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279 May 2007
On Location live and kicking:
Festivals, concerts, events in the flesh
Museum of Modern Art
Rio de Janeiro, Brazil
The fourth instalment of the Hipersonica festival is a musical subdivision of the much larger FILE (International Festival of Electronic Language), and inhabits the underbelly space of Museu de Arte Moderna, a late 1940s edifice that's supported by huge concrete struts. This is an acoustically perfect setting for high volume wrenching sounds, with its low ceiling and muscly speaker system spanning the four corners of the space. The artists traverse the spectrum of abstract electronica, edging towards the less regiment zones of beat oriented music. The stated aim is to combine a core musical programme with elements of performance art and installation.
The Austrian composer Wolfgang Dorninger opens the evening with his electronic opera Nasca on Perspective, aided by the desolate grey visuals of Fuckhead founder Didi Bruckmayr and the profoundly battering percussion of Max Wolfsteiner ricocheting underneath the arches with immense force. The imponsingly punky tenor Siegmar Aigner is the dominant presence, his guttural sustains coughed up from the sawdust covered boards of a low-rent opera house.
A complete contrast are
The festival's first revelation arrives in the shape of Laborg, another collective uniting visual and aural in spectacular fashion. Their governing concept is to set up a laboratory stage left, pottering about with glass bowls, tubes and tanks filled with a variety of oily fluids, which are mixed, squirted, bubbled by blow darts, boiled, shaken and stirred, filmed all the while from all angles, with real-time images ranged around multiple screens. Illuminated by a sickly amber glow, the look like bearded disciples, rapt with beaded concentration as they dissect the body of Christ. The music is suitably panoramic, minimally spread into slowly shifting blocks of shear rumble, flecked by cascading crinkles. They are followed by Ray_XXXX, a pair of Canadians who sit with their backs to the audience, delivering a set of obsessively pounding system music under huge flashing geometric shapes on the video screens. Their attack is physical, building up a visceral dense noise. The duo, Alain Thibault and Matthew Biederman, provide the night's last real outbreak of sonic extremity, as they're followed by a run of laptoppers who concern themselves with off-kitter rhythms for the club environment.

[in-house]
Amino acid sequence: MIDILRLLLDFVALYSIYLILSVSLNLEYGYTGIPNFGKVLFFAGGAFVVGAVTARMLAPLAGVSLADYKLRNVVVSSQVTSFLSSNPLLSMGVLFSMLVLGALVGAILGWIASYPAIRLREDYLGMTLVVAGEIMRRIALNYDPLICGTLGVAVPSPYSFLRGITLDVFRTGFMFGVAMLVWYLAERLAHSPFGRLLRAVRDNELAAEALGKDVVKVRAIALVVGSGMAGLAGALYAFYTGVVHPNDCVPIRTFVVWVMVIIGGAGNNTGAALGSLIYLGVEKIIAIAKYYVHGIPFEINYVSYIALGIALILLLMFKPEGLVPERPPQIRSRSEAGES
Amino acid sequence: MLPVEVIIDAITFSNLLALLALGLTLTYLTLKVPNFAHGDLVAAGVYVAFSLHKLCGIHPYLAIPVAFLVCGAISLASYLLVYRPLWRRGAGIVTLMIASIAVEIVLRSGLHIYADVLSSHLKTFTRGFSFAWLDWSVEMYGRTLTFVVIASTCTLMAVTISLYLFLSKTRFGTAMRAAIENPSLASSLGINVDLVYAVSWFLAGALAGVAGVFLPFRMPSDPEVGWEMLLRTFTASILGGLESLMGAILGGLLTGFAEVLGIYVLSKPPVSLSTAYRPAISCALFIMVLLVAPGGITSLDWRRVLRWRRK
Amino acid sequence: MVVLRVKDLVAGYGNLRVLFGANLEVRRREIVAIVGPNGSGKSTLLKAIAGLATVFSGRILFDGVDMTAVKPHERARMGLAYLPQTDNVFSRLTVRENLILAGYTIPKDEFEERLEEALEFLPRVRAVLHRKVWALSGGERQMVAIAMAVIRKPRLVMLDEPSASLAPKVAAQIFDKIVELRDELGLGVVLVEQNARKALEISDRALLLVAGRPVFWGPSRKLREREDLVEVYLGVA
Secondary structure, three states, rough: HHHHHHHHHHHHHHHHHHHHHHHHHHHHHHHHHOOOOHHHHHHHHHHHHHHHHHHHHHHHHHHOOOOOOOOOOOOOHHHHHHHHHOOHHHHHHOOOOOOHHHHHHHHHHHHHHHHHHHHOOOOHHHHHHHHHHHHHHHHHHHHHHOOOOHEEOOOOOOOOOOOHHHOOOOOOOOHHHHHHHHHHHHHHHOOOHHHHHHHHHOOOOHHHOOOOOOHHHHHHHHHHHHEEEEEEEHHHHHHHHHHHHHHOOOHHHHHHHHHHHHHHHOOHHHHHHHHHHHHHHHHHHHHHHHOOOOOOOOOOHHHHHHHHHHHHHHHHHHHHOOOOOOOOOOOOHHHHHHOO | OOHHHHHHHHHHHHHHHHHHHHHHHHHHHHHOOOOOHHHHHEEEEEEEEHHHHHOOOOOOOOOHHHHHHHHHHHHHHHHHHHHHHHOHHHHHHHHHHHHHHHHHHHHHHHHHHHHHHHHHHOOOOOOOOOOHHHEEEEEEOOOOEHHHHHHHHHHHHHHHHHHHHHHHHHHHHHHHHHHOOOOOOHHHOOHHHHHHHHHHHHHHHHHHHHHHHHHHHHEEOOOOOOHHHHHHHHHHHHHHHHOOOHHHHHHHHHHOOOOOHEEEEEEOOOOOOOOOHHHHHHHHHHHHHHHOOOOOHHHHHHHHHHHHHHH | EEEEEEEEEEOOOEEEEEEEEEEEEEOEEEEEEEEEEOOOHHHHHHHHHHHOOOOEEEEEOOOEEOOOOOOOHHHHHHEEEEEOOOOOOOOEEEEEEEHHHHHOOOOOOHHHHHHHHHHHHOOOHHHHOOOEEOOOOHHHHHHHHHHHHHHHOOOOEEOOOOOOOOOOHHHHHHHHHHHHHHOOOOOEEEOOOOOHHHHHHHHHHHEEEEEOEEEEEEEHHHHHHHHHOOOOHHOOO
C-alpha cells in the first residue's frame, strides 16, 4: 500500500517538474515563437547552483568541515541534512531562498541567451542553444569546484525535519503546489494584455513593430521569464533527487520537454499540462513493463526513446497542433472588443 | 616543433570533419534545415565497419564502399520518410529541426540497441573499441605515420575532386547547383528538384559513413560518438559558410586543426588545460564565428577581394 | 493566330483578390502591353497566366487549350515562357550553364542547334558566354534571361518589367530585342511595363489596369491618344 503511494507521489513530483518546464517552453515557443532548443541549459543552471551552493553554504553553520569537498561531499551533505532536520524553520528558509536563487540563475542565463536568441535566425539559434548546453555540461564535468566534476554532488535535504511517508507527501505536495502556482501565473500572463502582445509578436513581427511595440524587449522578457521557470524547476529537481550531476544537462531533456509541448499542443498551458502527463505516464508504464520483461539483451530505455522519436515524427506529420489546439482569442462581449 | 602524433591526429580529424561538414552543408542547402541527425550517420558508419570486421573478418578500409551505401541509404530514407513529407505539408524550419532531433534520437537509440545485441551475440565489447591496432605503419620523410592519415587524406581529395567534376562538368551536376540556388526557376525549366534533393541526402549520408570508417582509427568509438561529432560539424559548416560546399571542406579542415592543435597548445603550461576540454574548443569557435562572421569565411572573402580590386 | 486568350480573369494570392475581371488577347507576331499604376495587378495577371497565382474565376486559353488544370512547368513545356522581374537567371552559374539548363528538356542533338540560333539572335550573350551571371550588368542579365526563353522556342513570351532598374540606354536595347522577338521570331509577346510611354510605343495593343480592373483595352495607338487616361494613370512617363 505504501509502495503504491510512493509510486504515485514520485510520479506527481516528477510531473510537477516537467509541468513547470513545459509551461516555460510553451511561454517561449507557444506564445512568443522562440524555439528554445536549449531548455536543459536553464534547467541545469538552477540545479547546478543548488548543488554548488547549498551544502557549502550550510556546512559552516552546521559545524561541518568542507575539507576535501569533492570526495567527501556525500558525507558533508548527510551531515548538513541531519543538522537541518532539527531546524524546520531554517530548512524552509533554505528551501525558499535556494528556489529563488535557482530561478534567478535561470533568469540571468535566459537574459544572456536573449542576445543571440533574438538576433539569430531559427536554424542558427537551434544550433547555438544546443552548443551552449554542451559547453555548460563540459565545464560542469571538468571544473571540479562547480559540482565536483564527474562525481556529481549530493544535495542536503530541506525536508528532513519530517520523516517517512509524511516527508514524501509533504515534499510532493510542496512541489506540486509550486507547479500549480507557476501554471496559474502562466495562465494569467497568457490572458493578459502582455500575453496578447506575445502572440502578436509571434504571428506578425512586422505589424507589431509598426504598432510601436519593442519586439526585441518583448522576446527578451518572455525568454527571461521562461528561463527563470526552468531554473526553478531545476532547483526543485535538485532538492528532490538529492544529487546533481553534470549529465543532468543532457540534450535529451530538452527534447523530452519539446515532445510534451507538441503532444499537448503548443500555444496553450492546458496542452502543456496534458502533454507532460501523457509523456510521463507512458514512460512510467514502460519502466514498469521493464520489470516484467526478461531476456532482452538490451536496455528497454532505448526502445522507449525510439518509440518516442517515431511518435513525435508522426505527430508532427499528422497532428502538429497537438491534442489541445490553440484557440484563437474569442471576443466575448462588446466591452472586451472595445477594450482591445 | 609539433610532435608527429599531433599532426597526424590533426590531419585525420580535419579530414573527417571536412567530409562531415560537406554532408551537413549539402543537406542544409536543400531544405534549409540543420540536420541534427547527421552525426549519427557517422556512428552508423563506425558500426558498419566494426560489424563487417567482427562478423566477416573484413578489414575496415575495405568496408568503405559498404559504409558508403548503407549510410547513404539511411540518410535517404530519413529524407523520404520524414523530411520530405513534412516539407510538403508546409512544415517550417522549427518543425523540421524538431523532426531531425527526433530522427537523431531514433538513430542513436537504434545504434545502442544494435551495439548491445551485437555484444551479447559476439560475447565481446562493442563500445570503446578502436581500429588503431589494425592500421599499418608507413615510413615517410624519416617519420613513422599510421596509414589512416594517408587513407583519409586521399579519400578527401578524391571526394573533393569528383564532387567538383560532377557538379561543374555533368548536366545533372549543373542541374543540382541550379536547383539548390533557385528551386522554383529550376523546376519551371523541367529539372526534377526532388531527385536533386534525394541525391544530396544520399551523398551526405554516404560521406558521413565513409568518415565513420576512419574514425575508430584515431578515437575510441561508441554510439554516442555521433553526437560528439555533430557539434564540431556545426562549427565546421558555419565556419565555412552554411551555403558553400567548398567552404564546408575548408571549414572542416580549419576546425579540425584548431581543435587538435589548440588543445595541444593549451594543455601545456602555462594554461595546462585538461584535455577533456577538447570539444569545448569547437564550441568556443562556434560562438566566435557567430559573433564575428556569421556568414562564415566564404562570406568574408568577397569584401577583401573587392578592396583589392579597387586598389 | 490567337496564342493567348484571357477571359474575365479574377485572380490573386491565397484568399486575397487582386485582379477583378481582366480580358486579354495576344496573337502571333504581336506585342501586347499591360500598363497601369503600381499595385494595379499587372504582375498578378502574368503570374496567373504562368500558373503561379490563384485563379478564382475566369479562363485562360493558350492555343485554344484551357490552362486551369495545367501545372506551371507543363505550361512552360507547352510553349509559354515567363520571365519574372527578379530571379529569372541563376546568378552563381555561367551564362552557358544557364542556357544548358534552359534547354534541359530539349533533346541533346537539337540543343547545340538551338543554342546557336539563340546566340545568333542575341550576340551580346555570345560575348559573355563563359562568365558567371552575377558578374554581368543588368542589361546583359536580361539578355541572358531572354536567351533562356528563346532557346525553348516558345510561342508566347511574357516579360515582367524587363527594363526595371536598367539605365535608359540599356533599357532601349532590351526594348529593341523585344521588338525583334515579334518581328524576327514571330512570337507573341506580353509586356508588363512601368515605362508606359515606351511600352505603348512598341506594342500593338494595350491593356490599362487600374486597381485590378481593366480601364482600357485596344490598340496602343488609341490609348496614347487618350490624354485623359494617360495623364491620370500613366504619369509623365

Acting as a bridge, Scanner opens with some trademark interference, pylons spreading fuzzes of grey noise. But Robin Rimbaud is in a partying mood and it's not long before his Techno set manifests itself. As he gradually sets the beats loose, Scanner is headbanging furiously, offering his own dislocated version of the Techno process. He ends up sounding curiously retro, accessible yet hard. He sings into his microphone like a fallen choirboy, sampling on the roof, mixing voice with expansive piano chords, rising on an exhilarating upward curve. Kode9 is bringing dubstep to
The showmanlike climax comes courtesy of Daedelus, draped in his white circus ringleader coat, bushy sideburns signaling willful eccentricity. His live set concentrates on the hyperventilating dance push, with laptop channeled through his homemade sample trigger, a box covered with twinkling light lozenges, like something out of a 1950s science fiction film. This allows complete spontaneity when triggering sounds, gushing out a jumbled collision of commercialised slices, compressed into a creamed up rush of all the best bits.
The Hipersonica festival was a well-crafted journey from moody abstraction to joyful pumping, with a variety of permutations encountered on the way.
|® 2006 File | Electronic Language International Festival|